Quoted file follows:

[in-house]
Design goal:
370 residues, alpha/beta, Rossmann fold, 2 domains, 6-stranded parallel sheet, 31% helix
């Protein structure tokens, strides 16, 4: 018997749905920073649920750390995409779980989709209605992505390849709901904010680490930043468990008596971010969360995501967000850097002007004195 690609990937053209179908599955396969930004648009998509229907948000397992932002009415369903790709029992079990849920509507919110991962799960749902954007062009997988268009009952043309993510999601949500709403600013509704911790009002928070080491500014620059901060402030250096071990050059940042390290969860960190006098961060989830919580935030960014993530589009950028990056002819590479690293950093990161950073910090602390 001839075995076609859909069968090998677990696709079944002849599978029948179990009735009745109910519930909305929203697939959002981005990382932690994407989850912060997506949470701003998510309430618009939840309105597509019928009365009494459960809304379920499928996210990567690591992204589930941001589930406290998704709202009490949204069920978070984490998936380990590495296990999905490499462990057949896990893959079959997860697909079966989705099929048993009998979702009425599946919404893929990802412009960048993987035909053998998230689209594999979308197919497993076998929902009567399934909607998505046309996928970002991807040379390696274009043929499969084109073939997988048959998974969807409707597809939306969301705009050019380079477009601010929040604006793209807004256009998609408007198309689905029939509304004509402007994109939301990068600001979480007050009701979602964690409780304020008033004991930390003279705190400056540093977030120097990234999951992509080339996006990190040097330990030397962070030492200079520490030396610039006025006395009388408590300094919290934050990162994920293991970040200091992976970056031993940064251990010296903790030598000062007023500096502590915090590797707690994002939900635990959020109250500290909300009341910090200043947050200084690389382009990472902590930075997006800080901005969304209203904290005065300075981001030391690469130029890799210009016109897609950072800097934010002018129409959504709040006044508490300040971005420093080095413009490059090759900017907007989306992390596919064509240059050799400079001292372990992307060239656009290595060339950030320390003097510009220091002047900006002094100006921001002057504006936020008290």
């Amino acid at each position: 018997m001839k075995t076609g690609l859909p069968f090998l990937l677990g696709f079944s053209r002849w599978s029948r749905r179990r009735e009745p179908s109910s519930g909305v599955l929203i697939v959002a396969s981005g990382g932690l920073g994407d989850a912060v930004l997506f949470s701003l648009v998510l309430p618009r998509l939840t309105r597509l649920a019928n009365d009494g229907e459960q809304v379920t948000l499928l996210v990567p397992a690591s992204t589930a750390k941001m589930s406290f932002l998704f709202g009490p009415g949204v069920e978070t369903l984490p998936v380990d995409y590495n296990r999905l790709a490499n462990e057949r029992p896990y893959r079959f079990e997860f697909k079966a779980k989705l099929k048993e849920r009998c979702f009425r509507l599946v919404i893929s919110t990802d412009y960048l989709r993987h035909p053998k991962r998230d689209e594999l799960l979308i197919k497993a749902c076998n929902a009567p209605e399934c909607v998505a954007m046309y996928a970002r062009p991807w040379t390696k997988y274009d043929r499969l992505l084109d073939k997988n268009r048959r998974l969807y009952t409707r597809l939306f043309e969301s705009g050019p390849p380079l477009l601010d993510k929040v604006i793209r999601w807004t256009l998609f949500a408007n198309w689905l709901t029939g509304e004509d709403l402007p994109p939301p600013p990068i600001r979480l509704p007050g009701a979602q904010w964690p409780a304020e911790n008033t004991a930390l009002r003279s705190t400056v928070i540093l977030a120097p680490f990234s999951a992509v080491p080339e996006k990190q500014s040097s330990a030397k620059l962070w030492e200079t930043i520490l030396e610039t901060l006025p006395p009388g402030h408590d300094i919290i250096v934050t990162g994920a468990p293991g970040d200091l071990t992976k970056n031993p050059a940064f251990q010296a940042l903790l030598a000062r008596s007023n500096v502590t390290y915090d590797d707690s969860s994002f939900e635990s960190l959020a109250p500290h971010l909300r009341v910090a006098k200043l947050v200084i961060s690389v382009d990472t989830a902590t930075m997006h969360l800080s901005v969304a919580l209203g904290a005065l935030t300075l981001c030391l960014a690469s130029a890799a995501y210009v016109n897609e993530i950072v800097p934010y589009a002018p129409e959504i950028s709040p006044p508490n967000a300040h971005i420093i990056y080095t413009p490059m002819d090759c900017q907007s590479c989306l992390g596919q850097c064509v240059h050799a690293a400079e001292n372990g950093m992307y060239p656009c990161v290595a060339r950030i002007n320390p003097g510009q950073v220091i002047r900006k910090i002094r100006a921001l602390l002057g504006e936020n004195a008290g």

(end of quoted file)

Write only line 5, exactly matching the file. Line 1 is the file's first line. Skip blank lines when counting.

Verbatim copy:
């Amino acid at each position: 018997m001839k075995t076609g690609l859909p069968f090998l990937l677990g696709f079944s053209r002849w599978s029948r749905r179990r009735e009745p179908s109910s519930g909305v599955l929203i697939v959002a396969s981005g990382g932690l920073g994407d989850a912060v930004l997506f949470s701003l648009v998510l309430p618009r998509l939840t309105r597509l649920a019928n009365d009494g229907e459960q809304v379920t948000l499928l996210v990567p397992a690591s992204t589930a750390k941001m589930s406290f932002l998704f709202g009490p009415g949204v069920e978070t369903l984490p998936v380990d995409y590495n296990r999905l790709a490499n462990e057949r029992p896990y893959r079959f079990e997860f697909k079966a779980k989705l099929k048993e849920r009998c979702f009425r509507l599946v919404i893929s919110t990802d412009y960048l989709r993987h035909p053998k991962r998230d689209e594999l799960l979308i197919k497993a749902c076998n929902a009567p209605e399934c909607v998505a954007m046309y996928a970002r062009p991807w040379t390696k997988y274009d043929r499969l992505l084109d073939k997988n268009r048959r998974l969807y009952t409707r597809l939306f043309e969301s705009g050019p390849p380079l477009l601010d993510k929040v604006i793209r999601w807004t256009l998609f949500a408007n198309w689905l709901t029939g509304e004509d709403l402007p994109p939301p600013p990068i600001r979480l509704p007050g009701a979602q904010w964690p409780a304020e911790n008033t004991a930390l009002r003279s705190t400056v928070i540093l977030a120097p680490f990234s999951a992509v080491p080339e996006k990190q500014s040097s330990a030397k620059l962070w030492e200079t930043i520490l030396e610039t901060l006025p006395p009388g402030h408590d300094i919290i250096v934050t990162g994920a468990p293991g970040d200091l071990t992976k970056n031993p050059a940064f251990q010296a940042l903790l030598a000062r008596s007023n500096v502590t390290y915090d590797d707690s969860s994002f939900e635990s960190l959020a109250p500290h971010l909300r009341v910090a006098k200043l947050v200084i961060s690389v382009d990472t989830a902590t930075m997006h969360l800080s901005v969304a919580l209203g904290a005065l935030t300075l981001c030391l960014a690469s130029a890799a995501y210009v016109n897609e993530i950072v800097p934010y589009a002018p129409e959504i950028s709040p006044p508490n967000a300040h971005i420093i990056y080095t413009p490059m002819d090759c900017q907007s590479c989306l992390g596919q850097c064509v240059h050799a690293a400079e001292n372990g950093m992307y060239p656009c990161v290595a060339r950030i002007n320390p003097g510009q950073v220091i002047r900006k910090i002094r100006a921001l602390l002057g504006e936020n004195a008290g």